A new hypothesis is advanced concerning the pathomechanism of generalized epilepsy associated with spike-wave patterns. Spike wave (SW) attacks originate at the labile borderline between waking and sleep, c.q. REM and non-REM during minor fluctuations of the level of wakefulness, when changes inducing waking are followed rebound-like by changes inducing sleep. Thus, the dynamic properties of this critical zone are important for the understanding of the mechanism of SW attacks. Even in the absence of epilepsy, the micro-oscillations of the depth of sleep have properties that can be explained by interaction between reciprocal inductions of the sleep-wake system. The process of falling asleep originates in response to influx of external sensory stimuli due to rebound in the sleep system. As the consequence of reciprocal induction interaction of the sleep-wake system, the external stimuli become sleep-inducing. This explains all EEG synchronizations that can be precipitated by sensory stimuli, and the synchronization reaction of the type of the K complex is interpreted as a 'building-stone' of the falling-asleep process which comprises all the sleep induction processes. The many resemblances between K complex and SW-pattern are pointed out. The SW paroxysms are interpreted as an epileptic 'caricature' of the elements of sleep induction reflected in the K complex, and generalized epilepsy with SW patterns as an epileptic disorder of the function of the sleep-induction system. This hypothesis solves several contradictions in our knowledge of generalized attacks with SW patterns, and may constitute a biologically oriented concept for further research. An attempt is made to use this hypothesis to explain certain properties of generalized attacks with SW patterns such as genetic determination, age-dependence, the relations to the sleep-waking cycle, functional-anatomical properties and the electric and clinical symptoms of the attacks.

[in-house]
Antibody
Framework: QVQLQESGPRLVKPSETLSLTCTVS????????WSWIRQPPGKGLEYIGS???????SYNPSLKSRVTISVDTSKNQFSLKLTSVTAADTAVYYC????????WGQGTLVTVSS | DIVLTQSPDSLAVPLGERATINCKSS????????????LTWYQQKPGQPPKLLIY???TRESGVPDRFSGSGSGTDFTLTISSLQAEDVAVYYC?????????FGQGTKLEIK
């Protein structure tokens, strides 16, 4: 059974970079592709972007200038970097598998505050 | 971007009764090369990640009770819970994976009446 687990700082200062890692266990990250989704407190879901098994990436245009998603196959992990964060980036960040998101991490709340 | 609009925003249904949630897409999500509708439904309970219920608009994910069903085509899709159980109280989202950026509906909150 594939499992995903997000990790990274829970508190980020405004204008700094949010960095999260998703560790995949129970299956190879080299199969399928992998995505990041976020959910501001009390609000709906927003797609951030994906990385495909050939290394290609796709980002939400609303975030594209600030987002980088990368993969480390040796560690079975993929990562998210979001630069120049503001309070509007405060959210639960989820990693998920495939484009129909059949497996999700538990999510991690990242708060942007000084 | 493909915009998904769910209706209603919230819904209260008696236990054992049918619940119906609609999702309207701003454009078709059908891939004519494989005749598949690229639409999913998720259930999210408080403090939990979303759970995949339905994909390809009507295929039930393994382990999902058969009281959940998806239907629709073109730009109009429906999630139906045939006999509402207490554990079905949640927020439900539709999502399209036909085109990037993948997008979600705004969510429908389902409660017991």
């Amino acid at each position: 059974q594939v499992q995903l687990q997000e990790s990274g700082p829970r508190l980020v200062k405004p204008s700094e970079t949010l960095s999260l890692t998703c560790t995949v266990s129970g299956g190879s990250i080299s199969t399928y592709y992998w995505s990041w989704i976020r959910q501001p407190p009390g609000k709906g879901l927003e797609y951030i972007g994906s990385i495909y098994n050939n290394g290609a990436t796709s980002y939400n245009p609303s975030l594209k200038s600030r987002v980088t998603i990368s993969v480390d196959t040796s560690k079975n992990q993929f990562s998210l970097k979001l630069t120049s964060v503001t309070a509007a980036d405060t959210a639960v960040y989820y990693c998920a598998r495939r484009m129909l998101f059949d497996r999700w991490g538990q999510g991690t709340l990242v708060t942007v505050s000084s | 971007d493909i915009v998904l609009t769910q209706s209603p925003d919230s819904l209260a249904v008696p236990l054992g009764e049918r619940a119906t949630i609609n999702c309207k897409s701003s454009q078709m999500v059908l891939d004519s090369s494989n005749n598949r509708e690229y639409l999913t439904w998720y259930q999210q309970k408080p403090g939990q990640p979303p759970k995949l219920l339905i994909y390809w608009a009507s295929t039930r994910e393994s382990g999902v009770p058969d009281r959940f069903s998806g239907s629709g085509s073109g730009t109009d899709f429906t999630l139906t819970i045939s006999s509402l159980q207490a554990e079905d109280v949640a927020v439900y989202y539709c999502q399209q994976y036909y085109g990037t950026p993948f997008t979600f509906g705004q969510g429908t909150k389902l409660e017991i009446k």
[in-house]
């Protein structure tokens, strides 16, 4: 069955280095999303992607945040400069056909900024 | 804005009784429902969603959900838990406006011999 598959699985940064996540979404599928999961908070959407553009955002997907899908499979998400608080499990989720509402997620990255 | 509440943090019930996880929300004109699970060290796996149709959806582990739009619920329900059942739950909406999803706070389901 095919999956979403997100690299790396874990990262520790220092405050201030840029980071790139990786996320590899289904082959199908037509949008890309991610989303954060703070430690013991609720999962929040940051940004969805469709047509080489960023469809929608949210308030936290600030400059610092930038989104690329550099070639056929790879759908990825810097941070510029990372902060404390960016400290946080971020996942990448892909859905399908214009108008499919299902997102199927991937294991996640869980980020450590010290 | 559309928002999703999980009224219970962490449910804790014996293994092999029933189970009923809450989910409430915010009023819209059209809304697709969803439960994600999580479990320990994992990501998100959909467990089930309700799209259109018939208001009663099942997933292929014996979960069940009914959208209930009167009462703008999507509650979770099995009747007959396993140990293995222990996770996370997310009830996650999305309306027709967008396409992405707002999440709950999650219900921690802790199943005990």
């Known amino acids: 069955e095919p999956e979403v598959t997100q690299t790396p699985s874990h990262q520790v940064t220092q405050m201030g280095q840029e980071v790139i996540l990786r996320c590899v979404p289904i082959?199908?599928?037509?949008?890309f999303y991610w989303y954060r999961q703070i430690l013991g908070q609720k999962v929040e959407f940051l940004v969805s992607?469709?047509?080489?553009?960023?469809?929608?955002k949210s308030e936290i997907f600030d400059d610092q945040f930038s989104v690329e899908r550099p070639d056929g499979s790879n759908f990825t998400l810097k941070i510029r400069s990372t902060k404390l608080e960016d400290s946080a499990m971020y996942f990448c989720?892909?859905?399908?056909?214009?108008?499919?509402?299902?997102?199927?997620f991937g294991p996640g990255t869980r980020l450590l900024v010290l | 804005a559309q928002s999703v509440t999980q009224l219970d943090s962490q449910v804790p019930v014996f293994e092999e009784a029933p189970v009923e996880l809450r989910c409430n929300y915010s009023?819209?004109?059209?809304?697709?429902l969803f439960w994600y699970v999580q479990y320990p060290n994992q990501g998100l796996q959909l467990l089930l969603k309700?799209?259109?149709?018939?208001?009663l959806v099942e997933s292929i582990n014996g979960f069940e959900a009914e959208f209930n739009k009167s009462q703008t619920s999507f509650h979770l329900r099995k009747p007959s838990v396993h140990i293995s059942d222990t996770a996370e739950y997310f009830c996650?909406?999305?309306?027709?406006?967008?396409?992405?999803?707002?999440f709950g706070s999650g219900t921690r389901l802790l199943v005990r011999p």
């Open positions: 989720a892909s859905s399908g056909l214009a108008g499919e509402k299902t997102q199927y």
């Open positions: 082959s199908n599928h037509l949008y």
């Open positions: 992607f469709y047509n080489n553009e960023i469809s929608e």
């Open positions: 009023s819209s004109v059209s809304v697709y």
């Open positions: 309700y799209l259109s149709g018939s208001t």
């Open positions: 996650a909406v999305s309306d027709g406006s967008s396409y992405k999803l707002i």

|Number of pages||21|
|Publication status||Published - Jan 1 1980|
ASJC Scopus subject areas
- Clinical Neurology